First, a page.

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. Last Updated: 07/27/2016

Russia Hints at New Plan For Peace

Fresh from reaffirming its determination to prevail over Kosovo, NATO embarked on new efforts Monday to secure Russian cooperation in seeking a diplomatic settlement with Yugoslavia on the West's terms.

Special Balkans envoy Viktor Chernomyrdin said Monday that Russia had some fresh ideas to offer on the Kosovo crisis at talks this week with NATO leaders .

Chernomyrdin could unveil the new ideas Tuesday when he meets U.S. Deputy Secretary of State Strobe Talbott, who arrived Monday.

French President Jacques Chirac also urged Russia to keep up efforts to end the crisis. He telephoned President Boris Yeltsin to tell him Moscow has a major role to play.

Russia is the only world player with good access to Yugoslav President Slobodan Milosevic.

On Sunday, as NATO wrapped up its three-day 50th anniversary summit in Washington, U.S. President Bill Clinton spoke with Yeltsin, who briefed him on Chernomyrdin's peace mission to Belgrade last week.

During their one-hour conversation, Clinton "articulated NATO's unified position that Russia should remain engaged and can play a constructive role in bringing this conflict to an end," White House spokesman Joe Lockhart said.

"The president told Yeltsin personally that it's constructive that he's involved and that he would stay personally engaged with him," Lockhart said.

Chernomyrdin, a former prime minister, said Milosevic indicated a willingness to accept an international peacekeeping force in Kosovo, but did not address NATO's other demands.

Chernomyrdin is expected to visit a number of Western capitals in the coming days to discuss the situation.

Russia has denounced NATO's airstrikes against Yugoslavia and, in protest, refused to attend the Washington celebrations.

The Kremlin said in a statement that Clinton and Yeltsin agreed the priority must be to restore a stable peace in the Balkans. It called the atmosphere in which their conversation took place stable and constructive.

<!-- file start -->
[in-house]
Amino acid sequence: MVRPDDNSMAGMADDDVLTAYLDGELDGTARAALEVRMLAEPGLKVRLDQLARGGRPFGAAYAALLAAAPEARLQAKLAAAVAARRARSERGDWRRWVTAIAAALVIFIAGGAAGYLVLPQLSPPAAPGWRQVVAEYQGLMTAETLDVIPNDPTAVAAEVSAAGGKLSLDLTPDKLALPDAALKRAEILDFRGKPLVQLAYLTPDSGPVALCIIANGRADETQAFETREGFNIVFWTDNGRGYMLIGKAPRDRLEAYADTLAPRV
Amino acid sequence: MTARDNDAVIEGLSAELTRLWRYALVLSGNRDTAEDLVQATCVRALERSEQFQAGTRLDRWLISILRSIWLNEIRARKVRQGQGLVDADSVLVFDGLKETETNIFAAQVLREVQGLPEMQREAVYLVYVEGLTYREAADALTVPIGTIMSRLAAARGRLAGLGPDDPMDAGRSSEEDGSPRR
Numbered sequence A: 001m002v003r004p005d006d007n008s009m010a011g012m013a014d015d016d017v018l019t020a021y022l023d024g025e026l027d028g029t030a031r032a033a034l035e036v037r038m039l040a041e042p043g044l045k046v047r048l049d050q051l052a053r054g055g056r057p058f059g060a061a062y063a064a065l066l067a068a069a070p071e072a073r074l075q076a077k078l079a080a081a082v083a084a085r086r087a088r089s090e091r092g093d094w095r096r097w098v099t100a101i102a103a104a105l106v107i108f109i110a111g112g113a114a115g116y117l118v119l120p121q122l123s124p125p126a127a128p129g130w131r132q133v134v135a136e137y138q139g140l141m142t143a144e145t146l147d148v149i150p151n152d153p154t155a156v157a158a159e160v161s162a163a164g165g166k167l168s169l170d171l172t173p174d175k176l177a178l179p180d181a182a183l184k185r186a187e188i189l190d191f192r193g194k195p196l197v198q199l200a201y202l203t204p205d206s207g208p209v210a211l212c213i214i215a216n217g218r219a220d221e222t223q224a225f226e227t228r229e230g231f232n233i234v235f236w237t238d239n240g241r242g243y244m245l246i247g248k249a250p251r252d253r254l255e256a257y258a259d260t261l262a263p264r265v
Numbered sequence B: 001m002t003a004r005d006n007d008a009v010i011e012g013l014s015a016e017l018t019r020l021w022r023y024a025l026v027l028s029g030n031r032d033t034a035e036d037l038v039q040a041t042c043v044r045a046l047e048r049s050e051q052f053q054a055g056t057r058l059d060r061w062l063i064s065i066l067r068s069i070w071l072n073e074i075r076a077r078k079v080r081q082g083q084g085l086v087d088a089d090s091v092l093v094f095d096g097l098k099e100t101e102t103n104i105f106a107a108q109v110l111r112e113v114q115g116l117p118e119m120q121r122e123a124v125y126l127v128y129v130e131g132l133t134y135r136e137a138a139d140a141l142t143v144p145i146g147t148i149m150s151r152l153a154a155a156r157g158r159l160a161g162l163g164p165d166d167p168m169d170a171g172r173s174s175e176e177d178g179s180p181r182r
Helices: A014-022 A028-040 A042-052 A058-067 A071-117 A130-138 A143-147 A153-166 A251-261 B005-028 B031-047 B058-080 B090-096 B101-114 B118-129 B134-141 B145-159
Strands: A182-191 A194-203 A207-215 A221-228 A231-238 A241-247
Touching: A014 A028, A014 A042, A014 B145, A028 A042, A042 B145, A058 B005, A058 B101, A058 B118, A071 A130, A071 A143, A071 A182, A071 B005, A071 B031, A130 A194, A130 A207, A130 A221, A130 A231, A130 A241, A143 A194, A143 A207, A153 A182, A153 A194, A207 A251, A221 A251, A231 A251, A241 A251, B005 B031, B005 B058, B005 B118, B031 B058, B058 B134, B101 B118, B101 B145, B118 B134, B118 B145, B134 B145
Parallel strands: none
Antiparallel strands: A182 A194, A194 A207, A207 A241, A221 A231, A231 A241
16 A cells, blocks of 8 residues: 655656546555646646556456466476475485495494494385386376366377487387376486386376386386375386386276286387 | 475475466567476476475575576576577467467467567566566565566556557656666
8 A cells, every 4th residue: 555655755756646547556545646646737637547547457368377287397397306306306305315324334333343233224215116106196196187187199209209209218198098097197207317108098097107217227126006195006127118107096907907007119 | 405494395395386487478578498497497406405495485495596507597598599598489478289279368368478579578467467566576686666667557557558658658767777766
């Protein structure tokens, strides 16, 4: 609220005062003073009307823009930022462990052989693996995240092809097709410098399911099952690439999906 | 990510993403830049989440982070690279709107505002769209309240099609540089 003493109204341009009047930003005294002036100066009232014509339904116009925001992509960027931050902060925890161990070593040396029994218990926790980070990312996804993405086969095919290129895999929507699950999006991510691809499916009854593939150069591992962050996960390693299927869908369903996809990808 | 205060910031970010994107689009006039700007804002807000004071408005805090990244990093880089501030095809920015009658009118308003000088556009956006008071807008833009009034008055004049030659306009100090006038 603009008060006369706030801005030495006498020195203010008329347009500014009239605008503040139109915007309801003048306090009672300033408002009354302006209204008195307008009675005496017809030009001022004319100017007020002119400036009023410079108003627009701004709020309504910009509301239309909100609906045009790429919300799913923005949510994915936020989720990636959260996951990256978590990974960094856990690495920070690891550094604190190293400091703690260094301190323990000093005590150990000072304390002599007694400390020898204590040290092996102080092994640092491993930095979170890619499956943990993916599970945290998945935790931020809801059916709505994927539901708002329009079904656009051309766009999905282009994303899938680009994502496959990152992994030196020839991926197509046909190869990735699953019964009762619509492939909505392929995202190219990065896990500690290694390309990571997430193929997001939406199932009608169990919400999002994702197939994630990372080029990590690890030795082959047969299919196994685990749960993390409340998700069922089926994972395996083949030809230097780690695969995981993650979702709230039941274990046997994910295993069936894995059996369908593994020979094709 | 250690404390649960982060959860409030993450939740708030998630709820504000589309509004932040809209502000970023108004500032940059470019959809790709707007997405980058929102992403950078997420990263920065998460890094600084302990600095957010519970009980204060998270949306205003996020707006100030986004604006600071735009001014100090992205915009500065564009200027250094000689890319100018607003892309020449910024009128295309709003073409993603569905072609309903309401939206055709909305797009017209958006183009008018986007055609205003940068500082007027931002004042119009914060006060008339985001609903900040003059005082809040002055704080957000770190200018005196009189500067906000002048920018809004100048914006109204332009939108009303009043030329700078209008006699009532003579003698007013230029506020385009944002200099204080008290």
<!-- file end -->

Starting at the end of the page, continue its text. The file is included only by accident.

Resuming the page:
Chernomyrdin said Monday that Russia has "a range of proposals."

"We worked out a position that can serve as a starting point in talks with alliance countries," he was quoted by Interfax as saying after meeting with other senior Russian officials to discuss Kosovo. He declined to elaborate.U.S. diplomats, who asked not to be named, said that Talbott's visit would be low-key, and he was not expected to meet with the press before leaving on Tuesday afternoon or evening.

Another likely topic for conversation will be whether Russia will observe a NATO attempt to impose an oil blockade on Yugoslavia.

The stream of visitors and trips this week highlights Moscow's pivotal position.

Chernomyrdin is to visit Strasbourg on Wednesday to brief the Council of Europe's parliamentary assembly on his talks last week in Belgrade, his spokesman said by telephone.

Interfax said Foreign Minister Igor Ivanov may visit Britain on May 8 to 10. Britain is a strong supporter of NATO's bombing of Yugoslavia, which Russia has denounced as a threat to the global security system created after World War II.

Two foreign ministers from NATO states - Greece and Canada - are expected in Moscow later in the week as well as UN Secretary-General Kofi Annan, who is expected to name his own special Balkans envoy in the next day or two.

Chirac underlined Russia's growing role in a telephone conversation that lasted about an hour.

Chirac's spokeswoman said in Paris that Chirac had told Yeltsin "pressure must be stepped up on Belgrade authorities who still reject the legitimate demands of the international community" a month after NATO started bombing Yugoslavia.

Chernomyrdin visited Belgrade last week and signaled Milosevic was ready to compromise. But it remained unclear whether Milosevic was ready to allow a foreign military presence in Yugoslavia's southern province of Kosovo.

At the summit in Washington over the weekend, NATO leaders praised Russian diplomatic efforts but indicated they wanted Milosevic to agree unequivocally to a foreign military presence, in which the alliance's forces would form a core.

NATO's plans to impose an oil embargo on Yugoslavia could reignite tensions. A Fuel and Energy Ministry spokesman said Russia would continue to deliver oil sold under contract.

The 19 NATO nations emerged from their summit with reaffirmed agreement on the conduct of their air war in Yugoslavia and tough words for Milosevic.

But the head of NATO's military arm, German General Klaus Naumann, acknowledged Monday that there may be a flaw in NATO's conviction that its air campaign can bring down the Yugoslav leader.

"Our flaw may be that we think he has at least a little bit of responsibility for his country,'' Naumann said. He said NATO has assumed that Milosevic would not be willing to allow his country to be pounded into rubble.

The summit killed off speculation, at least for the moment, that NATO was secretly laying the groundwork for a ground war in Kosovo. NATO leaders and officials issued denial after denial that they were preparing to invade.

"This summit was an impressive demonstration of unity despite the fact that some skeptics feared it would not be wise to hold a summit in times of war,'' German Chancellor Gerhard Schroeder said Sunday.